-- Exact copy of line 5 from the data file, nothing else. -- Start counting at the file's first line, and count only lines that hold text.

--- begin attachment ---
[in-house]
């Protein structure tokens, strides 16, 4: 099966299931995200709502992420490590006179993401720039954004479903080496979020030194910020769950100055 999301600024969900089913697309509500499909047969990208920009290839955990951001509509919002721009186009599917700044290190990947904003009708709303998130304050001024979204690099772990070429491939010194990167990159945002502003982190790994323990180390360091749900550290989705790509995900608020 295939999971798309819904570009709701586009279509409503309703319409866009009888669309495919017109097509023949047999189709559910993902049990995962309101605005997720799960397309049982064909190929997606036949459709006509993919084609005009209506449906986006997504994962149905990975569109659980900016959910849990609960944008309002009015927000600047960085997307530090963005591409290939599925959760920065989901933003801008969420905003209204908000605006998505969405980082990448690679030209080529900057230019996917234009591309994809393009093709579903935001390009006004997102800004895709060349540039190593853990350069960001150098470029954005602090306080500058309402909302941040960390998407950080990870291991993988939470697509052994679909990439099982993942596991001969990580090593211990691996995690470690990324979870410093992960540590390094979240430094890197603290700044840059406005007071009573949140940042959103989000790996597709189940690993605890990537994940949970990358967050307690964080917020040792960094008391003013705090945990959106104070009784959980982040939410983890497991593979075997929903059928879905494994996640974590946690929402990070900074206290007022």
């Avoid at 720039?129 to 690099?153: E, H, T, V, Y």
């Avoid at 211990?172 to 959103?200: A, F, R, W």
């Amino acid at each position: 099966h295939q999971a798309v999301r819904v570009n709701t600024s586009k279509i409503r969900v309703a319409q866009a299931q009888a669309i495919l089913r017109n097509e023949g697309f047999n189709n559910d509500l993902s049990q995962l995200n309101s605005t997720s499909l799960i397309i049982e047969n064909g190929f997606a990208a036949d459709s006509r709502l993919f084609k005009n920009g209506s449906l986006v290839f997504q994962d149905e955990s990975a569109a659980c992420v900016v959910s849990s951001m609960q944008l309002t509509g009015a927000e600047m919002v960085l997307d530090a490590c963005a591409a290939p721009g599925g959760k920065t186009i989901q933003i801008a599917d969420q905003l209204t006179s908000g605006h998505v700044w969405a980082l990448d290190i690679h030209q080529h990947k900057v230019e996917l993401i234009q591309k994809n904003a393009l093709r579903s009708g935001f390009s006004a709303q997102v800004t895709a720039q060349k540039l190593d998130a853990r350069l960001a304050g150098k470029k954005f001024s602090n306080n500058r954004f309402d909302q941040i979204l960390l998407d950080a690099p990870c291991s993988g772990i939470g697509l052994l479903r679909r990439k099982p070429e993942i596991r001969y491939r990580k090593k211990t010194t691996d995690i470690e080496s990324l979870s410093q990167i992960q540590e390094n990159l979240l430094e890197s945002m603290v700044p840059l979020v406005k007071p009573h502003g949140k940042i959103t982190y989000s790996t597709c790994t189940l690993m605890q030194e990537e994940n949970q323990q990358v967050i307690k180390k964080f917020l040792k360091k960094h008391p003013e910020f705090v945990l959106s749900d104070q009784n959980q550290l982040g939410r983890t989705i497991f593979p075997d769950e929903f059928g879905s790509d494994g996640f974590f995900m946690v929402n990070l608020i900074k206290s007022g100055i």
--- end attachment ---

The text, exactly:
């Amino acid at each position: 099966h295939q999971a798309v999301r819904v570009n709701t600024s586009k279509i409503r969900v309703a319409q866009a299931q009888a669309i495919l089913r017109n097509e023949g697309f047999n189709n559910d509500l993902s049990q995962l995200n309101s605005t997720s499909l799960i397309i049982e047969n064909g190929f997606a990208a036949d459709s006509r709502l993919f084609k005009n920009g209506s449906l986006v290839f997504q994962d149905e955990s990975a569109a659980c992420v900016v959910s849990s951001m609960q944008l309002t509509g009015a927000e600047m919002v960085l997307d530090a490590c963005a591409a290939p721009g599925g959760k920065t186009i989901q933003i801008a599917d969420q905003l209204t006179s908000g605006h998505v700044w969405a980082l990448d290190i690679h030209q080529h990947k900057v230019e996917l993401i234009q591309k994809n904003a393009l093709r579903s009708g935001f390009s006004a709303q997102v800004t895709a720039q060349k540039l190593d998130a853990r350069l960001a304050g150098k470029k954005f001024s602090n306080n500058r954004f309402d909302q941040i979204l960390l998407d950080a690099p990870c291991s993988g772990i939470g697509l052994l479903r679909r990439k099982p070429e993942i596991r001969y491939r990580k090593k211990t010194t691996d995690i470690e080496s990324l979870s410093q990167i992960q540590e390094n990159l979240l430094e890197s945002m603290v700044p840059l979020v406005k007071p009573h502003g949140k940042i959103t982190y989000s790996t597709c790994t189940l690993m605890q030194e990537e994940n949970q323990q990358v967050i307690k180390k964080f917020l040792k360091k960094h008391p003013e910020f705090v945990l959106s749900d104070q009784n959980q550290l982040g939410r983890t989705i497991f593979p075997d769950e929903f059928g879905s790509d494994g996640f974590f995900m946690v929402n990070l608020i900074k206290s007022g100055i």